Ten Recommended Books about MBTI Personality

04 Apr 2017

Which books about MBTI® personality theory and type have had the biggest impact on practitioners? We posted this question on one of our LinkedIn groups a while back to discover the titles that had most impressed and inspired practitioners or been a key support in their work with the MBTI assessment. Twenty books rose to the top of the pile. Here are the first ten – in no particular order – with comments from the individual reviewers. We'll be publishing the second batch later in the year.

Life Types

1. Life Types – understand yourself and make the most of who you are, Sandra Krebs Hirsh and Jean Kummerow (1989)



Type talk

2. Type Talk: The 16 Personality Types That Determine How We Live, Love, and Work, Otto Kroeger and Janet M. Thuesen (1989)



MBTI Manual

3. The MBTI Manual, Isabel Myers, Mary McCaulley, Naomi Quenk and Allen Hammer (third edition, 1998)



Was that really me?

4. Was that really me? How Everyday Stress Brings out Our Hidden Personality, Naomi Quenk (2002)


(Note: this is an update of Quenk's earlier Beside Ourselves: Our Hidden Personality in Everyday Life, 1993)

In the Grip

5. In the Grip – understanding type, stress, and the inferior function, Naomi Quenk (second edition 2000)



Gifts Differing

6. Gifts Differing: Understanding Personality Type, Isabel Briggs Myers and Peter B. Myers (revised edition 1995)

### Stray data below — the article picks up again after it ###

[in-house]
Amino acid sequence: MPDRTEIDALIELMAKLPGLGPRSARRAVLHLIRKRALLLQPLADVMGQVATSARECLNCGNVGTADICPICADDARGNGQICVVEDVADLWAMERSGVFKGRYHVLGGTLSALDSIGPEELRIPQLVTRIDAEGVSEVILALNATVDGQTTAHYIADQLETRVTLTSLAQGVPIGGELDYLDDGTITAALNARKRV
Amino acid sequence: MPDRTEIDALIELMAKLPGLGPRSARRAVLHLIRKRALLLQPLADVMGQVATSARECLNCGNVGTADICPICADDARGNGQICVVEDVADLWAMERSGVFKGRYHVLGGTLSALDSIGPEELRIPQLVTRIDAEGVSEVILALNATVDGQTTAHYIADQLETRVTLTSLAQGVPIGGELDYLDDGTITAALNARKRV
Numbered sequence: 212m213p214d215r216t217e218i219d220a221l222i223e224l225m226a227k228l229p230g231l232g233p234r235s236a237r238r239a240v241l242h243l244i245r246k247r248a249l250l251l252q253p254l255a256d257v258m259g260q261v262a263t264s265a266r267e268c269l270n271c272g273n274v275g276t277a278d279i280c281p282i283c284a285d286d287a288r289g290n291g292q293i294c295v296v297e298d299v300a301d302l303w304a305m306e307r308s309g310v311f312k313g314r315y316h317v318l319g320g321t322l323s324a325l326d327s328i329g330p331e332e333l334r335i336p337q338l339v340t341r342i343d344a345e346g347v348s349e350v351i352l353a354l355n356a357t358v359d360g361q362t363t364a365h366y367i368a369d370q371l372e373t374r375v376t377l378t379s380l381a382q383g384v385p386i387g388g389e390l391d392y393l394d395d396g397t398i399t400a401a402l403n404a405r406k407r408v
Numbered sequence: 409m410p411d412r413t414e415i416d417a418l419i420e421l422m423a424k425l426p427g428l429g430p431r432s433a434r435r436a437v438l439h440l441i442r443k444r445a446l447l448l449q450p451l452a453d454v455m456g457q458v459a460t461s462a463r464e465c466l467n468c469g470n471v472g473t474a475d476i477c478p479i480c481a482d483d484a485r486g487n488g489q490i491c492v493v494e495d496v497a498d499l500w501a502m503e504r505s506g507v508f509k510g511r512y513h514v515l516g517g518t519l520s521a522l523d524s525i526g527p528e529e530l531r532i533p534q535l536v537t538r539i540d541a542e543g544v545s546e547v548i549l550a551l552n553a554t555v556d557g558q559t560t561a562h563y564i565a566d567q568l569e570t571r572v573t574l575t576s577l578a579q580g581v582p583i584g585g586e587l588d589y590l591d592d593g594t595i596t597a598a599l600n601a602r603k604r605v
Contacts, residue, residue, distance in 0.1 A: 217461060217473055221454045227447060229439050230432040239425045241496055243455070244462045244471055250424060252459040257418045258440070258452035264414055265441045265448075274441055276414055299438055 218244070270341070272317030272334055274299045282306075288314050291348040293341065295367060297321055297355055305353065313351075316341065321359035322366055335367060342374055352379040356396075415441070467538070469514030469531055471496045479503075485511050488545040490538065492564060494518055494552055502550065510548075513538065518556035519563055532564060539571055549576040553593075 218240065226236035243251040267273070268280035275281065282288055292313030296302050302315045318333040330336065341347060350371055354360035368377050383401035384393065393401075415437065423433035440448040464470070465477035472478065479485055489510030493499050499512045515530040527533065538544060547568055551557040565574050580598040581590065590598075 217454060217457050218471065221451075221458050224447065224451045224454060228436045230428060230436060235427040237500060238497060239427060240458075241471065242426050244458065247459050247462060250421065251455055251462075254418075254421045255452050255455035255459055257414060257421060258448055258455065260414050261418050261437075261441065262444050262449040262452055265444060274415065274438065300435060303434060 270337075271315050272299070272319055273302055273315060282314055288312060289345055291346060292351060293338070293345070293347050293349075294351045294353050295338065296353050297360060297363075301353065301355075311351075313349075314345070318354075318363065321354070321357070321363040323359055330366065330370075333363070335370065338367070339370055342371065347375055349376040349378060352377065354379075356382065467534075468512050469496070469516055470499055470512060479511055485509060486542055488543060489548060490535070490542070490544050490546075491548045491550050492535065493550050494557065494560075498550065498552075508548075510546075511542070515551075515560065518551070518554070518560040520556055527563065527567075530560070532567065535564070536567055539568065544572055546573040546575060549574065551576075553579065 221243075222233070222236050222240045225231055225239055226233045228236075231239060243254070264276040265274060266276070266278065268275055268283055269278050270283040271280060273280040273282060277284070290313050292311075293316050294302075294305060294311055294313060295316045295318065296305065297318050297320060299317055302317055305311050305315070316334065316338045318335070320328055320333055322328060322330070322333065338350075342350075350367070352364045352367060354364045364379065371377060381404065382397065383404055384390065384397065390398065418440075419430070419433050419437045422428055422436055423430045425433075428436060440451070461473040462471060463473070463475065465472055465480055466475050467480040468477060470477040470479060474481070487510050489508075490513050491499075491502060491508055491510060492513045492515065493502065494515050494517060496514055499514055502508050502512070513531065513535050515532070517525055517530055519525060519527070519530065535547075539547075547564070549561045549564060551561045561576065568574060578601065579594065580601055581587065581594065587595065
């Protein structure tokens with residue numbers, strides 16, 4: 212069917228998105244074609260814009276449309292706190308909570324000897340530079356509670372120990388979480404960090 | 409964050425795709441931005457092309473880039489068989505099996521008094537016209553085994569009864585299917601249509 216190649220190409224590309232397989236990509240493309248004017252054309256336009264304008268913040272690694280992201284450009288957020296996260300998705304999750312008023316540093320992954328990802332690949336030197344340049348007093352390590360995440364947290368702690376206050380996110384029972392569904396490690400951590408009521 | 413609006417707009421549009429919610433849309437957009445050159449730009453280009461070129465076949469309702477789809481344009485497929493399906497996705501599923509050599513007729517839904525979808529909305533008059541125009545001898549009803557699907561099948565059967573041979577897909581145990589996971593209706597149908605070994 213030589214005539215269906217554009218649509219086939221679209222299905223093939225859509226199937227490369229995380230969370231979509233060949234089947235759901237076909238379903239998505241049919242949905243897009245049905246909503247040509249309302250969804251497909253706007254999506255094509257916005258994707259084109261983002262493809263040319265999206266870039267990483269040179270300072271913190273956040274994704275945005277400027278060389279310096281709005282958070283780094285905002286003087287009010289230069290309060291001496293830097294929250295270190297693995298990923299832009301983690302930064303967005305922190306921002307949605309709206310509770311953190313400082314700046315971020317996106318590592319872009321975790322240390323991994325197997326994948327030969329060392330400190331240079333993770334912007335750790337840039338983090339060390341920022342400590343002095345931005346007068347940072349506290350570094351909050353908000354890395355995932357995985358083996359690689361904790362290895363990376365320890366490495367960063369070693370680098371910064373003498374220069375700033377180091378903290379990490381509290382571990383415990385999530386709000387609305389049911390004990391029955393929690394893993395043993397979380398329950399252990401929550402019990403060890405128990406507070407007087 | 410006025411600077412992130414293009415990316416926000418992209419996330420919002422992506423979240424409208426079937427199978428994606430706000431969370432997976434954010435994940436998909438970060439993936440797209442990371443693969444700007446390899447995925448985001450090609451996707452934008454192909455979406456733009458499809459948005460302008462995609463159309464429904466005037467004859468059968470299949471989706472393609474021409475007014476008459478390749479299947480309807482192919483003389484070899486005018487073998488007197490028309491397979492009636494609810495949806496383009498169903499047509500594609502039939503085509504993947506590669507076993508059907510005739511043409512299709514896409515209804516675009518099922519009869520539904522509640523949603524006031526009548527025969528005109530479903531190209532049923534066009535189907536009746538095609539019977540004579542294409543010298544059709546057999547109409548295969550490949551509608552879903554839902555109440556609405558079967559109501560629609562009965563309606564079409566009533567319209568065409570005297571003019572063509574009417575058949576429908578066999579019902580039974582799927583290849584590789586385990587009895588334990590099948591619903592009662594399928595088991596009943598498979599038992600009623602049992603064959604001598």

Neuroscience of Personality

7. Neuroscience of Personality – Brain Savvy Insights for All Types of People, Dario Nardi (2011)



I'm not crazy, I'm just not you

8. I'm Not Crazy, I'm Just Not You – the Real Meaning of the 16 Personality Types, Roger Pearman and Sarah Albritton (1997)



The Leadership Equation

9. The Leadership Equation - Leadership, Management and the Myers-BriggsLee Barr and Norma Barr (1989)



The Challenge of Change in Organisations

10. The Challenge of Change in Organisations: Helping Employees Thrive in the new Frontier, Nancy J. Barger and Linda K. Kirby (1995)



 

Are there any books that you'd add to the list? What have you read on MBTI personality type that would be useful to MBTI practitioners? We'd love to hear your comments below!

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